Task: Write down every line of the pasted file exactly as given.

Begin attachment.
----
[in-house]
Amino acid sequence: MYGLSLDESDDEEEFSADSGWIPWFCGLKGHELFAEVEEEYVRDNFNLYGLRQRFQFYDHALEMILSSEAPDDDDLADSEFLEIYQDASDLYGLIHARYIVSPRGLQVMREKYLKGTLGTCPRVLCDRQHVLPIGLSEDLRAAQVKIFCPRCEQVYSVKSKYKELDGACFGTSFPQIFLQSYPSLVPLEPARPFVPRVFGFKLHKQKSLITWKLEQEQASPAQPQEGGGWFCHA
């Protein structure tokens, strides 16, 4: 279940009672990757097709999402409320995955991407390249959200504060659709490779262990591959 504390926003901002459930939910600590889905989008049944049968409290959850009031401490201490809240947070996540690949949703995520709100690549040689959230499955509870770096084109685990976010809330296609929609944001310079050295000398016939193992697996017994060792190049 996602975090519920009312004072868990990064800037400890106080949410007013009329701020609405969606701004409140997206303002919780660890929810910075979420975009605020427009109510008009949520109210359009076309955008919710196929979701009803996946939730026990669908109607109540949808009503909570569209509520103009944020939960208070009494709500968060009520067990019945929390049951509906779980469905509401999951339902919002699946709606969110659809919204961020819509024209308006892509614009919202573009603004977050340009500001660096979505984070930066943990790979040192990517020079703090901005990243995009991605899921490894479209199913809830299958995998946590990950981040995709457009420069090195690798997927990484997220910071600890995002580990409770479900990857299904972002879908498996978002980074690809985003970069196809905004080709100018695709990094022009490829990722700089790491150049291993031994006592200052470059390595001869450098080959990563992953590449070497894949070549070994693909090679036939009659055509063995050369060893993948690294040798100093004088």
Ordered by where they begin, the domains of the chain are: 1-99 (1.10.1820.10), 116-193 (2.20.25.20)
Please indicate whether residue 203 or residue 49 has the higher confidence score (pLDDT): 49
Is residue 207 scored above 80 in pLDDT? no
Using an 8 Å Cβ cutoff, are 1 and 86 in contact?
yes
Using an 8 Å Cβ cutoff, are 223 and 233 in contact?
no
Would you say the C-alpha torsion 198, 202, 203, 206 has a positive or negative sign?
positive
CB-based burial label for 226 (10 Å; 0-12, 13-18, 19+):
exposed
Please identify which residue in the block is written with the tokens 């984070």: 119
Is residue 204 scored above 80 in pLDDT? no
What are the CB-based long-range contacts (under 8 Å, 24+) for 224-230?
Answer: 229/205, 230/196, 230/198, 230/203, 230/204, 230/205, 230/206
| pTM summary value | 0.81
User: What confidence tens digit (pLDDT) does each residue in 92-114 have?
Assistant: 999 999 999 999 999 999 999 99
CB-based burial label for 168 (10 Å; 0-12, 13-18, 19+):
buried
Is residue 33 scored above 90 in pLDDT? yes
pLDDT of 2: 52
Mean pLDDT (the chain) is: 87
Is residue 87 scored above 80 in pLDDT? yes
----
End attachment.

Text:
[in-house]
Amino acid sequence: MYGLSLDESDDEEEFSADSGWIPWFCGLKGHELFAEVEEEYVRDNFNLYGLRQRFQFYDHALEMILSSEAPDDDDLADSEFLEIYQDASDLYGLIHARYIVSPRGLQVMREKYLKGTLGTCPRVLCDRQHVLPIGLSEDLRAAQVKIFCPRCEQVYSVKSKYKELDGACFGTSFPQIFLQSYPSLVPLEPARPFVPRVFGFKLHKQKSLITWKLEQEQASPAQPQEGGGWFCHA
């Protein structure tokens, strides 16, 4: 279940009672990757097709999402409320995955991407390249959200504060659709490779262990591959 504390926003901002459930939910600590889905989008049944049968409290959850009031401490201490809240947070996540690949949703995520709100690549040689959230499955509870770096084109685990976010809330296609929609944001310079050295000398016939193992697996017994060792190049 996602975090519920009312004072868990990064800037400890106080949410007013009329701020609405969606701004409140997206303002919780660890929810910075979420975009605020427009109510008009949520109210359009076309955008919710196929979701009803996946939730026990669908109607109540949808009503909570569209509520103009944020939960208070009494709500968060009520067990019945929390049951509906779980469905509401999951339902919002699946709606969110659809919204961020819509024209308006892509614009919202573009603004977050340009500001660096979505984070930066943990790979040192990517020079703090901005990243995009991605899921490894479209199913809830299958995998946590990950981040995709457009420069090195690798997927990484997220910071600890995002580990409770479900990857299904972002879908498996978002980074690809985003970069196809905004080709100018695709990094022009490829990722700089790491150049291993031994006592200052470059390595001869450098080959990563992953590449070497894949070549070994693909090679036939009659055509063995050369060893993948690294040798100093004088």
Ordered by where they begin, the domains of the chain are: 1-99 (1.10.1820.10), 116-193 (2.20.25.20)
Please indicate whether residue 203 or residue 49 has the higher confidence score (pLDDT): 49
Is residue 207 scored above 80 in pLDDT? no
Using an 8 Å Cβ cutoff, are 1 and 86 in contact?
yes
Using an 8 Å Cβ cutoff, are 223 and 233 in contact?
no
Would you say the C-alpha torsion 198, 202, 203, 206 has a positive or negative sign?
positive
CB-based burial label for 226 (10 Å; 0-12, 13-18, 19+):
exposed
Please identify which residue in the block is written with the tokens 């984070």: 119
Is residue 204 scored above 80 in pLDDT? no
What are the CB-based long-range contacts (under 8 Å, 24+) for 224-230?
Answer: 229/205, 230/196, 230/198, 230/203, 230/204, 230/205, 230/206
| pTM summary value | 0.81
User: What confidence tens digit (pLDDT) does each residue in 92-114 have?
Assistant: 999 999 999 999 999 999 999 99
CB-based burial label for 168 (10 Å; 0-12, 13-18, 19+):
buried
Is residue 33 scored above 90 in pLDDT? yes
pLDDT of 2: 52
Mean pLDDT (the chain) is: 87
Is residue 87 scored above 80 in pLDDT? yes